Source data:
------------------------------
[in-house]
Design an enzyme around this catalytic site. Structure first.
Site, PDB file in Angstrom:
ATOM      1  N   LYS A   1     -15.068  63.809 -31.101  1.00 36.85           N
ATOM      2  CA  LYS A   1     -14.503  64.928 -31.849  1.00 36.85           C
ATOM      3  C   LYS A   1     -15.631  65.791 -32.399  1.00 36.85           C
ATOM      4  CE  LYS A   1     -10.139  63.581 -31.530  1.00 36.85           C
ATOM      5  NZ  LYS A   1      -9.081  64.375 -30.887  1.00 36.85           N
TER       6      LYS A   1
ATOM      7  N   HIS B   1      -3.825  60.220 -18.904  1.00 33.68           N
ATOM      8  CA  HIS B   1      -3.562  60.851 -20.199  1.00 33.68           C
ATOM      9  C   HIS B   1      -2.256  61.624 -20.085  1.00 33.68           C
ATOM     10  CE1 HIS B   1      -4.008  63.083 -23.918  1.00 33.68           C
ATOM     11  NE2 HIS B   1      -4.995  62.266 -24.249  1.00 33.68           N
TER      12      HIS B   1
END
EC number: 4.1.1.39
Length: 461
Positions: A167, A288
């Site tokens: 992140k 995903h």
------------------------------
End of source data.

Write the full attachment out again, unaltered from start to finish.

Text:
[in-house]
Design an enzyme around this catalytic site. Structure first.
Site, PDB file in Angstrom:
ATOM      1  N   LYS A   1     -15.068  63.809 -31.101  1.00 36.85           N
ATOM      2  CA  LYS A   1     -14.503  64.928 -31.849  1.00 36.85           C
ATOM      3  C   LYS A   1     -15.631  65.791 -32.399  1.00 36.85           C
ATOM      4  CE  LYS A   1     -10.139  63.581 -31.530  1.00 36.85           C
ATOM      5  NZ  LYS A   1      -9.081  64.375 -30.887  1.00 36.85           N
TER       6      LYS A   1
ATOM      7  N   HIS B   1      -3.825  60.220 -18.904  1.00 33.68           N
ATOM      8  CA  HIS B   1      -3.562  60.851 -20.199  1.00 33.68           C
ATOM      9  C   HIS B   1      -2.256  61.624 -20.085  1.00 33.68           C
ATOM     10  CE1 HIS B   1      -4.008  63.083 -23.918  1.00 33.68           C
ATOM     11  NE2 HIS B   1      -4.995  62.266 -24.249  1.00 33.68           N
TER      12      HIS B   1
END
EC number: 4.1.1.39
Length: 461
Positions: A167, A288
């Site tokens: 992140k 995903h």